Wednesday, September 30, 2020

Tommy DeVito RIP + others

It seems as though all The Vinyl Word ever does is report on music deaths these days. Sadly, the lack of live gigs and the impossibility of music trips to the States or Europe has made this somewhat inevitable. As ever, there is no shortage of deaths to report, with more taking place almost every day.

One that I missed recently was that of Tommy DeVito, an original member as vocalist and guitarist with the Four Seasons, a group who came closer than anyone to achieving vocal group perfection in the sixties. Tommy, who was 92, teamed up with Frankie Valli in 1954 and recorded as the Four Lovers before teaming up with Bob Gaudio and Nick Massi to eventually become the 4 Seasons, named after a bowling alley in Union, New Jersey. Their first single 'Bermuda' was unsuccessful but the next one, 'Sherry', was a huge hit and led to a decade of success on Veejay and then Philips, with such hits as 'Big Girls Don't Cry', 'Walk Like A Man', 'Dawn (Go Away)', 'Working My Way Back To You'...the list is endless as the photo of some of my Seasons LPs shows. DeVito left the group in 1970 citing the constant travelling and sold his rights to the 4 Seasons material to Valli and Gaudio.

Another recent death is that of W S 'Fluke' Holland, (aged 85), a drummer who played with Carl Perkins at Sun and toured as part of Johnny Cash's band for many years. My photo above shows him at Viva Las Vegas in 2018 where he played in part of the Sun reunion.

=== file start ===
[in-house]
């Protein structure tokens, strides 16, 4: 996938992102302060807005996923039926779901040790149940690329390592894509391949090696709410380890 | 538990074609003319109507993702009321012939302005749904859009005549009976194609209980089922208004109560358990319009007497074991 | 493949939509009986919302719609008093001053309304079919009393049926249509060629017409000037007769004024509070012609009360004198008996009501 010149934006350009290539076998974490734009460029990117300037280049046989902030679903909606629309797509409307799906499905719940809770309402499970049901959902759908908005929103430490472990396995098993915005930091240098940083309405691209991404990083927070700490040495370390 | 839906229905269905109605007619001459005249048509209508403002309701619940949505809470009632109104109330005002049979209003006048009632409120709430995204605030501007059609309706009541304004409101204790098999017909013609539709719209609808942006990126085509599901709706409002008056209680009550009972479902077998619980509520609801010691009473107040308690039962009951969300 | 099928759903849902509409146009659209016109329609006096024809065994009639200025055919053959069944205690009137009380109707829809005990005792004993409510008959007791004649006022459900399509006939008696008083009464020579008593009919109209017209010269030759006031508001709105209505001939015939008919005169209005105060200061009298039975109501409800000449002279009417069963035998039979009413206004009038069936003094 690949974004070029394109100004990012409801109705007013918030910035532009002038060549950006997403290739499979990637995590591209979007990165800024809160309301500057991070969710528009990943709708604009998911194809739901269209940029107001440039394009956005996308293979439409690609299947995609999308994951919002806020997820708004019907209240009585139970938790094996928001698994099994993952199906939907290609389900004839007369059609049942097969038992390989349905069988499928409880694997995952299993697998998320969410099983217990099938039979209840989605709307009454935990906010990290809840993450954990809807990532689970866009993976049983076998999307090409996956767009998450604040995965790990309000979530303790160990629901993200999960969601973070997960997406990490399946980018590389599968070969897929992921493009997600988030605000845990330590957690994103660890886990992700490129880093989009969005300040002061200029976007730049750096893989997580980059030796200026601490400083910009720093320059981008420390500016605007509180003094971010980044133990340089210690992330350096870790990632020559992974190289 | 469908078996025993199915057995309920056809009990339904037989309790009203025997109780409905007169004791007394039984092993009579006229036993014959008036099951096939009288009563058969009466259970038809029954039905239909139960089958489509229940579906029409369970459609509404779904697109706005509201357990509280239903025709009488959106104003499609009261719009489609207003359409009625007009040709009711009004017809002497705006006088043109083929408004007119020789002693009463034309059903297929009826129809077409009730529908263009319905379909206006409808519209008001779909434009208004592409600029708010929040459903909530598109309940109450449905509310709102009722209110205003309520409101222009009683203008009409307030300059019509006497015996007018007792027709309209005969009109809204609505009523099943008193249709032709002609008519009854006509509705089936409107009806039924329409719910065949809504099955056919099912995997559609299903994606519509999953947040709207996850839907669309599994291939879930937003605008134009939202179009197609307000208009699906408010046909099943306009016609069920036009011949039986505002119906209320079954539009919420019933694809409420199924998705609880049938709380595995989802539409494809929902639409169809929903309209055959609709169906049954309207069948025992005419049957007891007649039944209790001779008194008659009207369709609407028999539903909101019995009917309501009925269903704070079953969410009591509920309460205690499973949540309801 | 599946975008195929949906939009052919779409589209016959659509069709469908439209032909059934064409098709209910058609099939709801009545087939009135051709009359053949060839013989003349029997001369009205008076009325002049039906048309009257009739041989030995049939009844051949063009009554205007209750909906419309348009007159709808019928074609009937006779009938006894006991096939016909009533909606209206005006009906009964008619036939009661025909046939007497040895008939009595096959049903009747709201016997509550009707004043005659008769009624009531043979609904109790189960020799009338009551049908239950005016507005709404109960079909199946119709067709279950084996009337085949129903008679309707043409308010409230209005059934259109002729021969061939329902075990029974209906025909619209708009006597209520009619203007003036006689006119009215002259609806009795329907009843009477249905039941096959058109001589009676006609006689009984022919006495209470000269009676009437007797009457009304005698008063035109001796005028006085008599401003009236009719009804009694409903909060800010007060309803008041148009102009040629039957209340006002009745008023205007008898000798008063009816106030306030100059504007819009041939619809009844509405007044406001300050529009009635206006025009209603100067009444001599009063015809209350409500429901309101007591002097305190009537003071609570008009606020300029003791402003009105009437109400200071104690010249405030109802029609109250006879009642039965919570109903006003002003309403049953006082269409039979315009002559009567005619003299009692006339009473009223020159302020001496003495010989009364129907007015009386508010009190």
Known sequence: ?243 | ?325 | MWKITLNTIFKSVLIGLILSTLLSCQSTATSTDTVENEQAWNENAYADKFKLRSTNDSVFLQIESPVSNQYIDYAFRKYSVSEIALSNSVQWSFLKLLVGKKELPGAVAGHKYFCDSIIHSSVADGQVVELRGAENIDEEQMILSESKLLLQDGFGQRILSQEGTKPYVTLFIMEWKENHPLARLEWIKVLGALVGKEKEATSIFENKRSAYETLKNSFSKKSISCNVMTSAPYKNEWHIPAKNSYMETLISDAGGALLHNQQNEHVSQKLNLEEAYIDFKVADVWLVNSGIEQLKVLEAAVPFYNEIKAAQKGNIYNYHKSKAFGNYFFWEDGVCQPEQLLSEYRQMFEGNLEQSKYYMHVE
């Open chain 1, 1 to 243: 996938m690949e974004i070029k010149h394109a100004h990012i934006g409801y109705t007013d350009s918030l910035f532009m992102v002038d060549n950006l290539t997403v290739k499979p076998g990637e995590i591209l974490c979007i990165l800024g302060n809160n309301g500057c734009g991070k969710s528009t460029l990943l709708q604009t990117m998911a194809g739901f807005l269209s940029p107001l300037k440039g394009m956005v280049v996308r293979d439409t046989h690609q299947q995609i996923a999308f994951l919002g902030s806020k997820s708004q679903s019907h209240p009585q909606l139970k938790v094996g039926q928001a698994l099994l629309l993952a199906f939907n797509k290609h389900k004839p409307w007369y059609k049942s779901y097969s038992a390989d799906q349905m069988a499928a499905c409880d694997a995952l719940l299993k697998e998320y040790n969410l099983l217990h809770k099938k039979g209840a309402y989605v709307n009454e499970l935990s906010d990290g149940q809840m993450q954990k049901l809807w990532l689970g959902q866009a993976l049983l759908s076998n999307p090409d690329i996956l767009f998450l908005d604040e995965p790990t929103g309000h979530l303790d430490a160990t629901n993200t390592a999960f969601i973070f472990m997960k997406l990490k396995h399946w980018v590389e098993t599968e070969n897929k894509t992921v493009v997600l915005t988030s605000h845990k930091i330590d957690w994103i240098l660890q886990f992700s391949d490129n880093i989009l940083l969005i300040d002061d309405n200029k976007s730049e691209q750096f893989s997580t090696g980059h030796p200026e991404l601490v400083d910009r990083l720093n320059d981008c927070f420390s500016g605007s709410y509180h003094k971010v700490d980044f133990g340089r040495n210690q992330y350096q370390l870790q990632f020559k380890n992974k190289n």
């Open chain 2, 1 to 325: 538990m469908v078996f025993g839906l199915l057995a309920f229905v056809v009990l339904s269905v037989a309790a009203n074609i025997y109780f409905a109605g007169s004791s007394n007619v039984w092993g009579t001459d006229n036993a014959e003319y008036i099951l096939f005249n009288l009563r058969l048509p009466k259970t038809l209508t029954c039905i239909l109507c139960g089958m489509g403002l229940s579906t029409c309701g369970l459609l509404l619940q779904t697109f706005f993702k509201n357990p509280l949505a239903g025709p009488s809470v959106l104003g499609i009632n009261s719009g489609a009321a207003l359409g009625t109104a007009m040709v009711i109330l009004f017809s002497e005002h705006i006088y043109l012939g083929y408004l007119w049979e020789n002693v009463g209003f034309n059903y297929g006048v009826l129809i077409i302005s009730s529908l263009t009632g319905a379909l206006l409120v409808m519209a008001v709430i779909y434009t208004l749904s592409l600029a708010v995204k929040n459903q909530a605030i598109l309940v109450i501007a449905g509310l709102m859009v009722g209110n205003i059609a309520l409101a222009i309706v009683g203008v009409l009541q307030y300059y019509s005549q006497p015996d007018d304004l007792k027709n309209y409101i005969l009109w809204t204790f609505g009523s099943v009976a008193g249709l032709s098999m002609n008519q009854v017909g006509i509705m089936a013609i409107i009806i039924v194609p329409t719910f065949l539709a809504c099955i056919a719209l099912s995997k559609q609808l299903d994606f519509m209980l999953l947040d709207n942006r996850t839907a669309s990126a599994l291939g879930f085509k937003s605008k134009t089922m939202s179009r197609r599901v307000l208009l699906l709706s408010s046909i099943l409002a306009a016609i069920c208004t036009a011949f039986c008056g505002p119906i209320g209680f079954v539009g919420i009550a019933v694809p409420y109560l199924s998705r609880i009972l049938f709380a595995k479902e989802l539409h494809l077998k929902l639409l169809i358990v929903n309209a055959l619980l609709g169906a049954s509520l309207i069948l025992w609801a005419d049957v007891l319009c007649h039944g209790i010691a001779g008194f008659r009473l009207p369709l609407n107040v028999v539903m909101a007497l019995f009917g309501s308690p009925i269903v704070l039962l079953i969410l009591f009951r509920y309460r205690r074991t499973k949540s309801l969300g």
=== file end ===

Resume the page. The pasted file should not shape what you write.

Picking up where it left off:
Today's news reveals two more deaths. One is Mac Davis, a country music singer and songwriter who wrote a number of hits for Elvis, including 'In The Ghetto' and 'A Little Less Conversation'. As a solo artist he had great success with 'Baby Don't Get Hooked On Me' and also with 'Stop  And Smell The Roses' and 'Rock and Roll (I Gave You The Best Years Of My Life)'. He was also a successful TV show host and actor.

Helen Reddy, who has died aged 78, was one of Australia's most successful singers, who made her name in the US, incitially with 'One Way Ticket' and 'I Believe In Music' (penned by Mac Davis) and then with the feminist anthem 'I Am Woman'. She sold millions of records in the seventies and enjoyed US number ones with 'Delta Dawn' and 'Angie Baby'.  As her chart career declined she moved to stage musicals and the one woman show 'Shirley Valentine'. 


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